One Day You’ll Put Them Down

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Jul 14, 2016

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As I watch the children in our ’hood overtake us in height and heft, I often think of Milo of Croton. It amused my first baby and me to no end when I’d carry her over my head and pretend to climb a mountain, both of us collapsing in giggles at the end of it. This was repeated with the other children, though the youngest seemed to quickly grow too heavy and unwieldy for overhead-running-with. Or maybe, I was just 10 years older.

Now, I’m 15 years older. And after counting firsts for as many years, my eldest is in her last year in school and we have just finished our last School Summer Vacation à Trois. I know the year will pass by in a frenzied hurry of projects and preparation for the big exam and I find myself lingering over things that used to speed past on the daily conveyor belt. ”Next year, one less uniform to launder, one less lunch to pack…”

I exclaim aloud at the sudden realization that I cannot pinpoint when I stopped braiding her hair for school. Five years ago? “I’m five!” my youngest says, holding his palm out, fingers outstretched. I look at him, confused by the coincidence, worrying  I was more overwhelmed by his arrival than I remember. But then my eldest says, “No, more like eight years ago.”

I know, in theory, that Coming of Age is not one momentous unfurling of wings, but a series of quotidian independences. Yet I had no idea they would come so surreptitiously. How stark is the memory of the brand new baby and the shiny knife it plunged into the heart of your spontaneity; that bawling in the middle of your favourite TV show; that loaded diaper right after the hors d’oeuvres at lunch.  Well, pardon me for imagining the burdens, chores and impingements would lift with as much fanfare.

And then I realized there’s a reason I didn’t notice. On the morning of her 15th birthday, my eldest woke up at dawn, as she has been doing for the last year, made herself a cup of tea and finished revising an assessment while the rest of the household slept. When I woke, she helped me with the laundry and then she dressed up for a full day of school.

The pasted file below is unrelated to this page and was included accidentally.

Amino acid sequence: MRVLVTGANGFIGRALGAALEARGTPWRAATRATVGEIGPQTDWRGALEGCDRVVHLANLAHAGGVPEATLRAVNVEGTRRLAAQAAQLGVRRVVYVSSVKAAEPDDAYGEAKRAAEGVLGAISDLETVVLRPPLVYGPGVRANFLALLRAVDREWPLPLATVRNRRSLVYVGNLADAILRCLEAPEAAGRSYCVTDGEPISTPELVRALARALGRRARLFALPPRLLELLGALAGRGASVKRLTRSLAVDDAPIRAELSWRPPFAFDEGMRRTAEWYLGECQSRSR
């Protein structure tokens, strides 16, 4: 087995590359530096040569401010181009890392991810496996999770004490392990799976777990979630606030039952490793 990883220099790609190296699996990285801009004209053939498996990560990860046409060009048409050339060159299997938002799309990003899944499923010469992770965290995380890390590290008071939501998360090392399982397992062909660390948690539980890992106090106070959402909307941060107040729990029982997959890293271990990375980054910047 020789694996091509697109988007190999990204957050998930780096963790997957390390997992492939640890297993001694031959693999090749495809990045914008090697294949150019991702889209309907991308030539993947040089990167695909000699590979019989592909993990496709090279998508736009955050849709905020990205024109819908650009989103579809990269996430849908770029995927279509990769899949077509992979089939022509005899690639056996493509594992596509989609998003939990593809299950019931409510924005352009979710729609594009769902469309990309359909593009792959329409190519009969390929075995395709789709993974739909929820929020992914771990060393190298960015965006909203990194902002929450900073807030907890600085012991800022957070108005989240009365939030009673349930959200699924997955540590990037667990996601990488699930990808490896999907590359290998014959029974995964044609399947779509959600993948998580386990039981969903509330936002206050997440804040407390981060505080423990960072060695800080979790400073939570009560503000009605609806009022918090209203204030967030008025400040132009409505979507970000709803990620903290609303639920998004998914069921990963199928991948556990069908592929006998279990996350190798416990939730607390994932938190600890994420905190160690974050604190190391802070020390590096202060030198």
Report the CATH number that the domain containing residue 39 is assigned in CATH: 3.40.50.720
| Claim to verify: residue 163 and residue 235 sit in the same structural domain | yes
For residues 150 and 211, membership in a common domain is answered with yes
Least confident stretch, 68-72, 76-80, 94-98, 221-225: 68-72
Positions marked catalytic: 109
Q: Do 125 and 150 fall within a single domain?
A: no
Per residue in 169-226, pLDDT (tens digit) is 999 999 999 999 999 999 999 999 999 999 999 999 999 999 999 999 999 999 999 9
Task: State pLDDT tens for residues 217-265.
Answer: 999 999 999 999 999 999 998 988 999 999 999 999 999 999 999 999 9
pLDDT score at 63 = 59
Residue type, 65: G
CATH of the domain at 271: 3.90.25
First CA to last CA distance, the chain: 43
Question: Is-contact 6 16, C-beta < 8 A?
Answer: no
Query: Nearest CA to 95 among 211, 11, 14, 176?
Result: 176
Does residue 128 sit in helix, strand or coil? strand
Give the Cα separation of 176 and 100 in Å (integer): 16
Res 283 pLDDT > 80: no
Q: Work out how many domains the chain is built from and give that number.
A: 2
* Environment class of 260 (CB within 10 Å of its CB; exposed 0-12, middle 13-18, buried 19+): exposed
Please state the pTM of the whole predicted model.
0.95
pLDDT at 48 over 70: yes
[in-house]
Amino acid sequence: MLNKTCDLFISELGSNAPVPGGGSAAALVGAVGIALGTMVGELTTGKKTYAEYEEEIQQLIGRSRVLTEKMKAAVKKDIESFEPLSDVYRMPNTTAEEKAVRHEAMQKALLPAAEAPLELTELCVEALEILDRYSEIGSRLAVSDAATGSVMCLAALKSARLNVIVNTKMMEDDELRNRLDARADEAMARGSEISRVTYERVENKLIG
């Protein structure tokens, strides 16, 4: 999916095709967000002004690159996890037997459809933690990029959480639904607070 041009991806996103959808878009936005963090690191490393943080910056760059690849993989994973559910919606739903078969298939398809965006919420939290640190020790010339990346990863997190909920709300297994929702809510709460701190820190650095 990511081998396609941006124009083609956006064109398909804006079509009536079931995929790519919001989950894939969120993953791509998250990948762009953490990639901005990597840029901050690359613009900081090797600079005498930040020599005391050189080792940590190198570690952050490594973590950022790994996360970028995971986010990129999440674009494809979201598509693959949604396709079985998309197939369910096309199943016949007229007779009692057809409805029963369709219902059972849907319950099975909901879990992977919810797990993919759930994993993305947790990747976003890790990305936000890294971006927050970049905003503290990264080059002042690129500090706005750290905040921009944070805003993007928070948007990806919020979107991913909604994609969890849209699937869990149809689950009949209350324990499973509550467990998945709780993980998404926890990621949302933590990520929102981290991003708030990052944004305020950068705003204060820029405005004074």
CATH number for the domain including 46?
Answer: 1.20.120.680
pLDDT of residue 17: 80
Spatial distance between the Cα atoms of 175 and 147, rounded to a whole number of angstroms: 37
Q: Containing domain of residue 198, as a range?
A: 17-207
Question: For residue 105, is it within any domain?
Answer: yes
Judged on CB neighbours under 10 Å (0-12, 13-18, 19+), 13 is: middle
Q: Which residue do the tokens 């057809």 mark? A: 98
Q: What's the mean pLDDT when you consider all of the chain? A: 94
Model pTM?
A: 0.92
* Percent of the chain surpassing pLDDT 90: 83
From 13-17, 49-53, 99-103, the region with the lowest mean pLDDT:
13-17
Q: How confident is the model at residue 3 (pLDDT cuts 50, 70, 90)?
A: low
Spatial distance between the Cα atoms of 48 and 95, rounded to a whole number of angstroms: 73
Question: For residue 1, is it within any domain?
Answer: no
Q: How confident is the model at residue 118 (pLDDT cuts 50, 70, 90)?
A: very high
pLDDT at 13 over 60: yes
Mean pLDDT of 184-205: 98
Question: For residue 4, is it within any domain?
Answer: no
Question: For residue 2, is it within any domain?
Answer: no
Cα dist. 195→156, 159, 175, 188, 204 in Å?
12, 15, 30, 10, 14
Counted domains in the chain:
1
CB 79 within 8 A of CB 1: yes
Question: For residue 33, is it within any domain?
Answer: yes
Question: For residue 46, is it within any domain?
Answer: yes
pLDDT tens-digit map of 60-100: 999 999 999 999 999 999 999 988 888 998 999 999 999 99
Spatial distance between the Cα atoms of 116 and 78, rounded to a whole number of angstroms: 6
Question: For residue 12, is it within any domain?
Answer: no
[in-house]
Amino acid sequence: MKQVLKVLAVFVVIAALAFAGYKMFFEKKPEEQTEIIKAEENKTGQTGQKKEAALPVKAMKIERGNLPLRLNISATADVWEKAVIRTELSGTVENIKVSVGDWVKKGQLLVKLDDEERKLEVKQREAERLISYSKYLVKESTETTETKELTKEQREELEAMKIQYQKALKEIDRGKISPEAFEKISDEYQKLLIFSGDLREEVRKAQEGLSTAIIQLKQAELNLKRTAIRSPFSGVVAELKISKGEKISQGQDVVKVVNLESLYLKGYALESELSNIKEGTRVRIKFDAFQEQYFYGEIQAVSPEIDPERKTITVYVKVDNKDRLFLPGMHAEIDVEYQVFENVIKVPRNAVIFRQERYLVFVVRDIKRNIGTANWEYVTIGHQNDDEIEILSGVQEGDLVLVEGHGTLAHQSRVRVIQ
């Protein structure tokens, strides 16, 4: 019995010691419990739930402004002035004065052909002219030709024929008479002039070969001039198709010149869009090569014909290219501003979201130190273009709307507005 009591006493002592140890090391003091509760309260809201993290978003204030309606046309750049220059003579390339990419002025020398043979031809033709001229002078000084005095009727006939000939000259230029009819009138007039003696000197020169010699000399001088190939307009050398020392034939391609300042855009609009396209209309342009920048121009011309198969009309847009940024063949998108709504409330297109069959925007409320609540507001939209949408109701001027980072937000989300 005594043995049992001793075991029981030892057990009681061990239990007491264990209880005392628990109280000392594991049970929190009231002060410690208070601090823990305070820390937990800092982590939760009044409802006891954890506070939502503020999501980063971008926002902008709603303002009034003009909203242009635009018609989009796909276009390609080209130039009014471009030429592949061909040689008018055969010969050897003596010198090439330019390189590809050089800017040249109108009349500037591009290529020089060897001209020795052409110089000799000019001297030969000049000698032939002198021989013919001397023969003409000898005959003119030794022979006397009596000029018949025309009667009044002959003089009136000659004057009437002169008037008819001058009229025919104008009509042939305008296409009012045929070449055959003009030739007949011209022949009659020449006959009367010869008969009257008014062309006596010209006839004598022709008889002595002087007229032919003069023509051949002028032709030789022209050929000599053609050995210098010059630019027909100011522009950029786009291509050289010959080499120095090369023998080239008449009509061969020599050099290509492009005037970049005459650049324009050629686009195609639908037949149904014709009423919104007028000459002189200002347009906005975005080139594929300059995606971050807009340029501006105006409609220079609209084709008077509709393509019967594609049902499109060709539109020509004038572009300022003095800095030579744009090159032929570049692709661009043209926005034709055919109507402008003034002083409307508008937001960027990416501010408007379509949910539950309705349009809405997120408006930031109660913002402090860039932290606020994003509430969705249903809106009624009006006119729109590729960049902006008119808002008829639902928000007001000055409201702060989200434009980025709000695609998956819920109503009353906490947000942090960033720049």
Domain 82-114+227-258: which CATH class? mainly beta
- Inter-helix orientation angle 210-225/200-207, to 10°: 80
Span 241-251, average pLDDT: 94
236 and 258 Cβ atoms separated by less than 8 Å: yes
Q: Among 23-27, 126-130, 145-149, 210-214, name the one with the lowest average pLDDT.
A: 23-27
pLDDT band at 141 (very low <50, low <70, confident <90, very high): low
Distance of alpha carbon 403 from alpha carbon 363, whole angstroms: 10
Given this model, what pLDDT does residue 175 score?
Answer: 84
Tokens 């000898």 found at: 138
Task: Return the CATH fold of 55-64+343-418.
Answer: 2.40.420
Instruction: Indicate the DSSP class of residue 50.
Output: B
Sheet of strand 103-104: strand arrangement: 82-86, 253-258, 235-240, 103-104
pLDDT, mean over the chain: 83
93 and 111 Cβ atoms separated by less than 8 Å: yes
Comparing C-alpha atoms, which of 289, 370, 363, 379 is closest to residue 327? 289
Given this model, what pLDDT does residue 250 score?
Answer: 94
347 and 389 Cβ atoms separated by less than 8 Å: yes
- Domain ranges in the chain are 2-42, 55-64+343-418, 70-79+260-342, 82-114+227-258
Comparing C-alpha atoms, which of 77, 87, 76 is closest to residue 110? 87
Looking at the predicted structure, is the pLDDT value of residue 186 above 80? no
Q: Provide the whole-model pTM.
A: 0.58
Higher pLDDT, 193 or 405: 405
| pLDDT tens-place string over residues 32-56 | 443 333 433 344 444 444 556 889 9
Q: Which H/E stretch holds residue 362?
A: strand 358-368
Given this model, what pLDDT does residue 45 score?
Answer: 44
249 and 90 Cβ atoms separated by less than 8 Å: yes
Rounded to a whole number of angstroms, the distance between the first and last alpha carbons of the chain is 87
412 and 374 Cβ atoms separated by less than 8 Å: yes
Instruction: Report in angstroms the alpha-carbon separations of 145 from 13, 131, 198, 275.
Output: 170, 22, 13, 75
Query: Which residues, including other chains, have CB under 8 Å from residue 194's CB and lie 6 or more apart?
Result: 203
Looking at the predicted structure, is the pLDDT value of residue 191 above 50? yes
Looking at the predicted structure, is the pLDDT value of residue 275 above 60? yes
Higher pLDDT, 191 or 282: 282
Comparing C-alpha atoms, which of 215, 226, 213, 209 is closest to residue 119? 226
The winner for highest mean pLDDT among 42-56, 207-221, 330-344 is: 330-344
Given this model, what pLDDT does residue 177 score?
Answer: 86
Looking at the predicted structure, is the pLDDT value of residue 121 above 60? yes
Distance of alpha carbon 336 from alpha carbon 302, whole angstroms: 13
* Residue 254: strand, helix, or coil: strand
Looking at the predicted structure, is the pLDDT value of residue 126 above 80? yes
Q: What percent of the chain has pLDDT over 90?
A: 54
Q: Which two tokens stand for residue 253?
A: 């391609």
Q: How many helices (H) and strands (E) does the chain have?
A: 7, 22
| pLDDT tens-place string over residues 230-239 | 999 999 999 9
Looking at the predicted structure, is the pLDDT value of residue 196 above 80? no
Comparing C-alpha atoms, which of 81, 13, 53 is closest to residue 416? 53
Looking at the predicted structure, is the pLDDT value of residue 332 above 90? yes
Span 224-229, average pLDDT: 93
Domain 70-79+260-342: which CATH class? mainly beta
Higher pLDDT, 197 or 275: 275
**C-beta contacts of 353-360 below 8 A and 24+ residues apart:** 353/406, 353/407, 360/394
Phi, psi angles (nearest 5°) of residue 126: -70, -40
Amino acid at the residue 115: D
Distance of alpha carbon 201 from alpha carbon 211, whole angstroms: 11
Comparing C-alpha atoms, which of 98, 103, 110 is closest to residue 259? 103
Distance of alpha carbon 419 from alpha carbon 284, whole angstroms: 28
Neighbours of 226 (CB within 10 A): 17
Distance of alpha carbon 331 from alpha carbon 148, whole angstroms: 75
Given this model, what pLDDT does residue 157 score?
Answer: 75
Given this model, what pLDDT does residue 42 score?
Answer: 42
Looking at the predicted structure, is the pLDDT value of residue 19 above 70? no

“Will you bunk tuitions this evening?” I grin at her. “It’s your birthday!”

“No, I better go. We have an assessment next week.”

“Sure, make me look like the slacker,” I say.

She giggles and leaves. Then I devote the time saved on morning chores to flipping through albums full of pictures of her as a baby and weeping my heart out.

We’re told to encourage independence in our children from the time they’re quite little – fall asleep on their own, put away their own toys, eat on their own, dress themselves up. We keep at it, wondering if we are succeeding, dreaming of a time when they will need us just a little less, and years pass.

Then one day you realize that some of the balls you dropped in that frantic juggle are now being picked up by a calm teen (or preteen, or even, on some days, Finally5). Any day now, they will take those balls and run with them.

I know, I know. Children evolve past a physical reliance on you and graduate to an emotional reliance. My husband snorts and reminds me, too, of the barrel of financial reliance we’re still looking down.

So why does it feel so bad? Is it because after having to keep cranking up the pace on the Tetris of family functioning – arrange the blocks, shift, spin, line them up until they disappear, then prepare for more blocks – this new loss of resistance seems to make the wheels turn faster? The blocks are lining up and disappearing by themselves, now, as we speed toward the last lunchbox, the last uniform, the last textbooks covered in brown paper…

The hardest wrestling is with the inevitable letting-go of motherhood’s visceral realities. I have to raise my eyes to talk to my eldest; my second daughter’s feet are already too big for my boots, literally (and on some days metaphorically); and Finally5 will soon be 6.

I feel the passage of time and already I seem to shrink within my house. I throw my arms around my 15-year-old, and it is like hugging a young tree. I hoist the 11-year-old onto my lap where, for a second, we pretend she still fits comfortably. I worry I will impede my youngest’s emotional development because I have to keep reminding myself not to treat him like a baby.

My last baby.

I hear the familiar complaints of mothers with younger children, laments about how needy their little ones are, and I realize I’m now on the other side. I’m the cliché older mom reminding them of how quickly these years go by: the physical, touchy, skin-on-skin, literally-hands-on years.

So, rough house with them while you still can. Have long cuddles and baths and family sleepovers in mummy and daddy’s room. You can ignore the people who say, “Let them walk; let them stand.” Pick them up and twirl them around. Carry them piggyback often.

We are not Milo of Croton getting stronger as his calf grows into a bull. One day, you will put your children down and never pick them up again.

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Written By Genesia Alves

Genesia Alves is a writer who began her career as a journalist. She has also doubled-up as several Asian Age editors’ gopher, her Channel [v] production crew’s ‘emergency replacement presenter’, a late-night radio host on Go 92.5FM and development of new shows at BBC Worldwide, India (where she was also enforcer of women’s rights to good quality chocolate biscuits). This did little to prepare her for working from home around three children and a constant yearning for quiet time with an Earl Grey.

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